Connecting Philadelphia and Nearby Wineries

Philadelphia visitor characteristics and economic impact

Philadelphia has many tourist attractions, several of them historical as the city was founded over 300 years ago. According to Visit Philadelphia (2015), the top attractions in the city are Reading Terminal Market, Liberty Bell Center, Independence Hall, Independence Visitor Center, Philadelphia Zoo, Franklin Institute, Franklin Square, Philadelphia Museum of Art, Rocky Statue and Rocky Steps, National Constitution Center and Betsy Ross House. The city itself is a United Nations Educational Scientific and Cultural Organization (UNESCO) World Heritage City (, 2015). There are also attractions close to the city, such as the Valley Forge National Historical Park, Longwood Gardens and Winterthur Museum.

Philadelphia attracts a considerable number of leisure and business visitors. Table 12.1 shows the increase in visitors from 1997 to 2014.

Visitors come from all over the USA, though in 2013 the majority (57.7%) travelled from the Middle Atlantic region (Visit Philadelphia, 2014), which is inclusive of Pennsylvania, New York and New Jersey (US Census Bureau, n.d.a). Visitors from the South Atlantic region were 22.9% of total visitors, while 5.6% were from New England and 5.1% were from the East North Central region. The remainder of the US Census designated regions each contributed less than 2.5% (US Census Bureau, n.d.a).

The economic impact of the tourism industry on the city has been considerable. In 2014, the industry generated nearly $10.4 billion, or about $28.6 million a day, in the Greater Philadelphia area. There were 92,000 jobs related to visitor spending in the region, which produced $655 million in

Table 12.1. Increase in type of visitor from 1997 to 2014 (in millions). (From: Visit Philadelphia,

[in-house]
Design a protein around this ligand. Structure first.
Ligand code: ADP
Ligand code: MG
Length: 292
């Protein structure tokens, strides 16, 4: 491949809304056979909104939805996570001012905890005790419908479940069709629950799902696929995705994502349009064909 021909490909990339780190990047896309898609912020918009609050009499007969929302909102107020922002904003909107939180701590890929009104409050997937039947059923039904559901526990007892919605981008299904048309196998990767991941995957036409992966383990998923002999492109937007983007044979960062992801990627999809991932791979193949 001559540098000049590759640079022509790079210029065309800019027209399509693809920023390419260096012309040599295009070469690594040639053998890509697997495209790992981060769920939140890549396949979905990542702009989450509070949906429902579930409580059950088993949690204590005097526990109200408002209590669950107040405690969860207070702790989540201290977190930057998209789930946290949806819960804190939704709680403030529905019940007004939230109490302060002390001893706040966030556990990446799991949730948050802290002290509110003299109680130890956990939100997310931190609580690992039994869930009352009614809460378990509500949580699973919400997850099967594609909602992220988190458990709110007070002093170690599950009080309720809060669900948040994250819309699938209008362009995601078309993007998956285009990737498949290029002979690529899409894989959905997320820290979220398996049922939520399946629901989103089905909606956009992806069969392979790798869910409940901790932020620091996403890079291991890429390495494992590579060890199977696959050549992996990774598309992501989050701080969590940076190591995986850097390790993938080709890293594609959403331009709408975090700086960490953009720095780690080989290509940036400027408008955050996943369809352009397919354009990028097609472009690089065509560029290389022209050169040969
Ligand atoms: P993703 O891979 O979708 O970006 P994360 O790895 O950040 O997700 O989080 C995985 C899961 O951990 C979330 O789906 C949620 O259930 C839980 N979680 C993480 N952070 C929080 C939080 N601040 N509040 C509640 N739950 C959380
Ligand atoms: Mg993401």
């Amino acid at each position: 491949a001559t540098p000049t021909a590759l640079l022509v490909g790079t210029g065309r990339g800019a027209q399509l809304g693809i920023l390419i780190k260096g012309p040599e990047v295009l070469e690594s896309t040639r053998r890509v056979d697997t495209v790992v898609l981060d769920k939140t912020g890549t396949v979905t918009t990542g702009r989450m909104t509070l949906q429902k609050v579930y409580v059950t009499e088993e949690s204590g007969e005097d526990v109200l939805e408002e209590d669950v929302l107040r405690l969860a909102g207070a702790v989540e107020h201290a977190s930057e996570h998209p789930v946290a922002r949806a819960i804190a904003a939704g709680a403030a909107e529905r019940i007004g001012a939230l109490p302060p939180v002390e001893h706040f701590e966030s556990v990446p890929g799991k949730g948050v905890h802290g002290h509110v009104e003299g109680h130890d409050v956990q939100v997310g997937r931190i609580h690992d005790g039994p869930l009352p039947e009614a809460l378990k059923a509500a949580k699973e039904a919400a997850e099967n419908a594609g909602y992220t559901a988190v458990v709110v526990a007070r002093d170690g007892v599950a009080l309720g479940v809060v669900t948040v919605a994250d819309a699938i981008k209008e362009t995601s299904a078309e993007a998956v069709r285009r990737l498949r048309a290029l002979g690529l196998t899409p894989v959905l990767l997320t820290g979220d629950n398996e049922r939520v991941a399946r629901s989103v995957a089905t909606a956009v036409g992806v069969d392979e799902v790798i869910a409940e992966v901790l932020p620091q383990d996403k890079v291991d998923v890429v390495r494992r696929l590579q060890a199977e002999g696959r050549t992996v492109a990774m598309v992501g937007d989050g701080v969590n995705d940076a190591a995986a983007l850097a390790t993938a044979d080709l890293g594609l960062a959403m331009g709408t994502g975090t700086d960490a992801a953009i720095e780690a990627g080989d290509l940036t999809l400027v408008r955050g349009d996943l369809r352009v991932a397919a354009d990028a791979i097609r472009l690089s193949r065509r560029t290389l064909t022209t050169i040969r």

Total increase (%)





Overnight business




Day business




Overnight leisure




Day leisure




taxes. In 2013, hotels in the region had a 67% occupancy rate for the 12.8 million rooms available. The total revenue for hotel rooms, based on the average daily rate of $130.35, was $1.12 billion (Visit Philadelphia, 2014). In Center City alone, the number of hotel rooms increased from 254,000 in 1997 to 948,000 in 2014, or by 273% (Visit Philadelphia, 2015).

Both business and leisure visitors have a great effect on Philadelphia’s economy. However, there may be a way to increase this effect not only on the city itself, but also on the surrounding areas. As shown in the previous section, San Francisco and Napa Valley have a mutually beneficial relationship. Philadelphia and the surrounding counties, home to many wineries, may be able to cultivate that same type of relationship. Demand for wineries could be increased, based on what wineries currently offer and what they could potentially offer visitors.

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